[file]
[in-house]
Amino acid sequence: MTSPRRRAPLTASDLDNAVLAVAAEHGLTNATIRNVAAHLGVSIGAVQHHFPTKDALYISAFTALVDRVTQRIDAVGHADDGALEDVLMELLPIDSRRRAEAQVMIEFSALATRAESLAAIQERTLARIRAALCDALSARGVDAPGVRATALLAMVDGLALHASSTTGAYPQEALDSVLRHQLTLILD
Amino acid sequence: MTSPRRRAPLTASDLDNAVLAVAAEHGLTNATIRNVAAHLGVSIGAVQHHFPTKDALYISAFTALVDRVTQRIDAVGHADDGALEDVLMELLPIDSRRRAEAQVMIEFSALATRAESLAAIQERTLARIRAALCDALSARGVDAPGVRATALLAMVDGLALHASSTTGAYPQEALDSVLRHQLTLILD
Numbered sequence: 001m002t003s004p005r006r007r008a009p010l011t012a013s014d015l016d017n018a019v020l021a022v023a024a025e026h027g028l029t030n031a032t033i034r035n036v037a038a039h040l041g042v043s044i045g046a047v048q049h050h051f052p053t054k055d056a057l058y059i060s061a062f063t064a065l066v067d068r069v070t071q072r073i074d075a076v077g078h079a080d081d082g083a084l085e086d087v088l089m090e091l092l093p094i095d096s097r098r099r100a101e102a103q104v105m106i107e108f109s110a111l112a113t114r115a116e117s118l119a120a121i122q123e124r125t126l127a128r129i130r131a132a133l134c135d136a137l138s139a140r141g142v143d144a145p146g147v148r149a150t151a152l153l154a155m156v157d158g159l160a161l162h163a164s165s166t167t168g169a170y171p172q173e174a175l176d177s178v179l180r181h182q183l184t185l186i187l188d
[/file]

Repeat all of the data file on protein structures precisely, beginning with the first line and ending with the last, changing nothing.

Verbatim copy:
[in-house]
Amino acid sequence: MTSPRRRAPLTASDLDNAVLAVAAEHGLTNATIRNVAAHLGVSIGAVQHHFPTKDALYISAFTALVDRVTQRIDAVGHADDGALEDVLMELLPIDSRRRAEAQVMIEFSALATRAESLAAIQERTLARIRAALCDALSARGVDAPGVRATALLAMVDGLALHASSTTGAYPQEALDSVLRHQLTLILD
Amino acid sequence: MTSPRRRAPLTASDLDNAVLAVAAEHGLTNATIRNVAAHLGVSIGAVQHHFPTKDALYISAFTALVDRVTQRIDAVGHADDGALEDVLMELLPIDSRRRAEAQVMIEFSALATRAESLAAIQERTLARIRAALCDALSARGVDAPGVRATALLAMVDGLALHASSTTGAYPQEALDSVLRHQLTLILD
Numbered sequence: 001m002t003s004p005r006r007r008a009p010l011t012a013s014d015l016d017n018a019v020l021a022v023a024a025e026h027g028l029t030n031a032t033i034r035n036v037a038a039h040l041g042v043s044i045g046a047v048q049h050h051f052p053t054k055d056a057l058y059i060s061a062f063t064a065l066v067d068r069v070t071q072r073i074d075a076v077g078h079a080d081d082g083a084l085e086d087v088l089m090e091l092l093p094i095d096s097r098r099r100a101e102a103q104v105m106i107e108f109s110a111l112a113t114r115a116e117s118l119a120a121i122q123e124r125t126l127a128r129i130r131a132a133l134c135d136a137l138s139a140r141g142v143d144a145p146g147v148r149a150t151a152l153l154a155m156v157d158g159l160a161l162h163a164s165s166t167t168g169a170y171p172q173e174a175l176d177s178v179l180r181h182q183l184t185l186i187l188d